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July 18, 2005

Chicago Honors Irma P. Hall

Mayor Richard M. Daley and the Chicago City Council declared June 3, 2005 Irma P. Hall Day in honor of the Equity member's 70th birthday. There was a gala celebration, including speeches, a musical tribute and the unveiling of a street sign renaming a portion of Halsted Street as Irma P. Hall Way.

Irma P. Hall

Irma P. Hall

Although she grew up in Chicago, Irma P. Hall was born in Texas and taught in Dallas for almost 30 years. She also was a reporter for the Dallas Express and co-founder of The Dallas Minority Repertory Theatre.

In 1973, Irma, a 36 year old teacher and mother of two, was reciting one of her poems at a gathering of artists and writers and was seen by writer/producer Raymond St. Jacques, who asked her to audition for a role in a film he was producing. She did--and she got the part. But she didn't give up her teaching career yet.

By 1978, however, she was appearing on TV's Dallas; in several TV movies and feature films, and performing on stage at Dallas theatres. Finally, she decided to stop teaching and pursue acting full time, joining Equity in 1975.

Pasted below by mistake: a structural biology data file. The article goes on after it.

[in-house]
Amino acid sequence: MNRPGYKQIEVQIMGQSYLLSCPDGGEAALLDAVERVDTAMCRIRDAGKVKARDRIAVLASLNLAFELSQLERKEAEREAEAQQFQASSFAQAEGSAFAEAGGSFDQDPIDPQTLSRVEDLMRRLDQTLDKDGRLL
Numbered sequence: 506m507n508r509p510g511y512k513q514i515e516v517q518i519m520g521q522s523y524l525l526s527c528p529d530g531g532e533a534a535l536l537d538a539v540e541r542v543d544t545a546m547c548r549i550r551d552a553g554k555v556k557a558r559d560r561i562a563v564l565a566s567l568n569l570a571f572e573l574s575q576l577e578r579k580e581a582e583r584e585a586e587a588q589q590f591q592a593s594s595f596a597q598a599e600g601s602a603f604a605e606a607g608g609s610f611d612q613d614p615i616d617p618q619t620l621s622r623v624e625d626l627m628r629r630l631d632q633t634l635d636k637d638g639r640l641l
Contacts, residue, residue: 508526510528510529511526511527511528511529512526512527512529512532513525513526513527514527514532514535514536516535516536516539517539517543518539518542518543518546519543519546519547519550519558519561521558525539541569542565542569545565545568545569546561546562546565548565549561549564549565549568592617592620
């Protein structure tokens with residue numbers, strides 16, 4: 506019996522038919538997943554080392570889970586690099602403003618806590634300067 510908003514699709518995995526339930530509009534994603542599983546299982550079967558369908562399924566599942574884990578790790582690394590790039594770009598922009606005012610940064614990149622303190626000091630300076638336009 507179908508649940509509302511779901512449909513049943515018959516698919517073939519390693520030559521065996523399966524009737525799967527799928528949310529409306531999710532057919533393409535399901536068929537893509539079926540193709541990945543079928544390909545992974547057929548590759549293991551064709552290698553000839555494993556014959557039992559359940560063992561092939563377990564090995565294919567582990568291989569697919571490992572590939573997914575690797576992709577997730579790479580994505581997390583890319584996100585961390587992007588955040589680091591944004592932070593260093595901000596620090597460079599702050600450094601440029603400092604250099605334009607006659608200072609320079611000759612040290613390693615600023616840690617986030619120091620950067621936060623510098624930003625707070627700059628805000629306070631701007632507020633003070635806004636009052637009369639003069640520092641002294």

In the late '80s, she moved back to Chicago, where she performed at the Chicago Theatre Company, the Court Theatre, Goodman Theatre and with the Steppenwolf Theatre Company, as well as in films.

Irma P. Hall

Irma P. Hall Way

In 1996, Irma won the Chicago Film Critics Award for "Best Supporting Actress" for her role in the film, A Family Thing. Two years later she won an NAACP Image Award for "Best Supporting Actress" for her work in the film, Soul Food and was again nominated for an Image Award in 2001 when she reprised her role in the Showtime series based on the film.

In January, 2004 Irma was seriously injured in a car crash, but recovered in time to see a private screening of The Ladykillers, starring Tom Hanks, for which she received the coveted Special Jury Award at the 2004 Cannes Film Festival. Her other 2004 films were A Slipping Down Life and Collateral, with Tom Cruise and Jamie Fox. In October 2004, she was recognized for Career Achievement at the 40th Chicago International Film Festival.

In 2005, she was nominated for an NAACP Image Award for "Best Actress" in The Ladykillers; was presented as a Black History Maker by the DuSable Museum in Chicago, and was inducted into the Texas Film Hall of Fame at ceremonies in Austin, Texas. Along the way, she has also received two Joseph Jefferson Awards for her work in Chicago theatre.

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